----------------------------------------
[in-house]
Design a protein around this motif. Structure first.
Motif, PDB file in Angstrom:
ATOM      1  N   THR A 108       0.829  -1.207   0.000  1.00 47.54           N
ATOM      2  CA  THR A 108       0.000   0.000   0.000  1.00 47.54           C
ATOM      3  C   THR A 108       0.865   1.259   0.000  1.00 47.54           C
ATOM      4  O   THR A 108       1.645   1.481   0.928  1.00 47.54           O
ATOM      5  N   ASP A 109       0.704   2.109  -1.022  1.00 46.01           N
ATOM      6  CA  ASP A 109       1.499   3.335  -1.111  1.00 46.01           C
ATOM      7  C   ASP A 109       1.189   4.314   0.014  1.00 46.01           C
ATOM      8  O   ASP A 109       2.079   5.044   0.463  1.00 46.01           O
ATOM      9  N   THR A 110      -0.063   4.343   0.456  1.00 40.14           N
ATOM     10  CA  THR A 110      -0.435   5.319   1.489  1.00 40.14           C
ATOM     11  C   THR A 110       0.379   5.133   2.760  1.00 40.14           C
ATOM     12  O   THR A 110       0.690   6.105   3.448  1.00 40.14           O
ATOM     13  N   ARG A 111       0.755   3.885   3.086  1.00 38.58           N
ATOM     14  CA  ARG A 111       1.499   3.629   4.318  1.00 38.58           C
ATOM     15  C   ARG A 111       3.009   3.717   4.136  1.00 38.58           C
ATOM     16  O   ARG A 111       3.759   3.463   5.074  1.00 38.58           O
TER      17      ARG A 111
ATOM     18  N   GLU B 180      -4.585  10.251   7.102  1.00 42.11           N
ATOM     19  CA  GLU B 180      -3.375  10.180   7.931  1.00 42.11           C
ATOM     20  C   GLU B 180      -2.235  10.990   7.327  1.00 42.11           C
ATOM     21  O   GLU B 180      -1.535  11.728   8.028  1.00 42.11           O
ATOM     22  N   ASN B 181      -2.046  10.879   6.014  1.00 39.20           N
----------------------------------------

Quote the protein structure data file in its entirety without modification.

[in-house]
Design a protein around this motif. Structure first.
Motif, PDB file in Angstrom:
ATOM      1  N   THR A 108       0.829  -1.207   0.000  1.00 47.54           N
ATOM      2  CA  THR A 108       0.000   0.000   0.000  1.00 47.54           C
ATOM      3  C   THR A 108       0.865   1.259   0.000  1.00 47.54           C
ATOM      4  O   THR A 108       1.645   1.481   0.928  1.00 47.54           O
ATOM      5  N   ASP A 109       0.704   2.109  -1.022  1.00 46.01           N
ATOM      6  CA  ASP A 109       1.499   3.335  -1.111  1.00 46.01           C
ATOM      7  C   ASP A 109       1.189   4.314   0.014  1.00 46.01           C
ATOM      8  O   ASP A 109       2.079   5.044   0.463  1.00 46.01           O
ATOM      9  N   THR A 110      -0.063   4.343   0.456  1.00 40.14           N
ATOM     10  CA  THR A 110      -0.435   5.319   1.489  1.00 40.14           C
ATOM     11  C   THR A 110       0.379   5.133   2.760  1.00 40.14           C
ATOM     12  O   THR A 110       0.690   6.105   3.448  1.00 40.14           O
ATOM     13  N   ARG A 111       0.755   3.885   3.086  1.00 38.58           N
ATOM     14  CA  ARG A 111       1.499   3.629   4.318  1.00 38.58           C
ATOM     15  C   ARG A 111       3.009   3.717   4.136  1.00 38.58           C
ATOM     16  O   ARG A 111       3.759   3.463   5.074  1.00 38.58           O
TER      17      ARG A 111
ATOM     18  N   GLU B 180      -4.585  10.251   7.102  1.00 42.11           N
ATOM     19  CA  GLU B 180      -3.375  10.180   7.931  1.00 42.11           C
ATOM     20  C   GLU B 180      -2.235  10.990   7.327  1.00 42.11           C
ATOM     21  O   GLU B 180      -1.535  11.728   8.028  1.00 42.11           O
ATOM     22  N   ASN B 181      -2.046  10.879   6.014  1.00 39.20           N